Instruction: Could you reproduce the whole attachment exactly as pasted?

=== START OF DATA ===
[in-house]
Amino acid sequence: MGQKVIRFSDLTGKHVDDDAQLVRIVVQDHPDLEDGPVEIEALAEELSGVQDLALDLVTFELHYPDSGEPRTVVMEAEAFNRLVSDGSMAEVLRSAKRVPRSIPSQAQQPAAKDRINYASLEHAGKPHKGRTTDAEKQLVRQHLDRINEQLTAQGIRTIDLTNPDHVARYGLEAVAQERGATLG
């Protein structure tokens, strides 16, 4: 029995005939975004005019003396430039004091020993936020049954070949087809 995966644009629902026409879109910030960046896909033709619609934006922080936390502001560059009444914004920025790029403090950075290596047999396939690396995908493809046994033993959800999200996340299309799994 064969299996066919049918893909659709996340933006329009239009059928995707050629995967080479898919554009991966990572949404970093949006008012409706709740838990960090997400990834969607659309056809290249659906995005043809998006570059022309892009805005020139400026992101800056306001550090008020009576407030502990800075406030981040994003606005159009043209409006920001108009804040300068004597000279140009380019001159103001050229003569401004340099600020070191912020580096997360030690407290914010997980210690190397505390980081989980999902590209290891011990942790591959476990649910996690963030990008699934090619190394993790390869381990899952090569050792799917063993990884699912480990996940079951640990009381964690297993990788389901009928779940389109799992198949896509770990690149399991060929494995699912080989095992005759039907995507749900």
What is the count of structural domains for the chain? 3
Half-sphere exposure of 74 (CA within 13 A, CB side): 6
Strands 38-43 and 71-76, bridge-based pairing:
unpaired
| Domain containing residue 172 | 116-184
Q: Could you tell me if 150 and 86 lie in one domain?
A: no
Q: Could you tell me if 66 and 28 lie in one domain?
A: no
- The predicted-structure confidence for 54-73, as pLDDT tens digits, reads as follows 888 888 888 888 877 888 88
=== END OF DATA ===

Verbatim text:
[in-house]
Amino acid sequence: MGQKVIRFSDLTGKHVDDDAQLVRIVVQDHPDLEDGPVEIEALAEELSGVQDLALDLVTFELHYPDSGEPRTVVMEAEAFNRLVSDGSMAEVLRSAKRVPRSIPSQAQQPAAKDRINYASLEHAGKPHKGRTTDAEKQLVRQHLDRINEQLTAQGIRTIDLTNPDHVARYGLEAVAQERGATLG
């Protein structure tokens, strides 16, 4: 029995005939975004005019003396430039004091020993936020049954070949087809 995966644009629902026409879109910030960046896909033709619609934006922080936390502001560059009444914004920025790029403090950075290596047999396939690396995908493809046994033993959800999200996340299309799994 064969299996066919049918893909659709996340933006329009239009059928995707050629995967080479898919554009991966990572949404970093949006008012409706709740838990960090997400990834969607659309056809290249659906995005043809998006570059022309892009805005020139400026992101800056306001550090008020009576407030502990800075406030981040994003606005159009043209409006920001108009804040300068004597000279140009380019001159103001050229003569401004340099600020070191912020580096997360030690407290914010997980210690190397505390980081989980999902590209290891011990942790591959476990649910996690963030990008699934090619190394993790390869381990899952090569050792799917063993990884699912480990996940079951640990009381964690297993990788389901009928779940389109799992198949896509770990690149399991060929494995699912080989095992005759039907995507749900």
What is the count of structural domains for the chain? 3
Half-sphere exposure of 74 (CA within 13 A, CB side): 6
Strands 38-43 and 71-76, bridge-based pairing:
unpaired
| Domain containing residue 172 | 116-184
Q: Could you tell me if 150 and 86 lie in one domain?
A: no
Q: Could you tell me if 66 and 28 lie in one domain?
A: no
- The predicted-structure confidence for 54-73, as pLDDT tens digits, reads as follows 888 888 888 888 877 888 88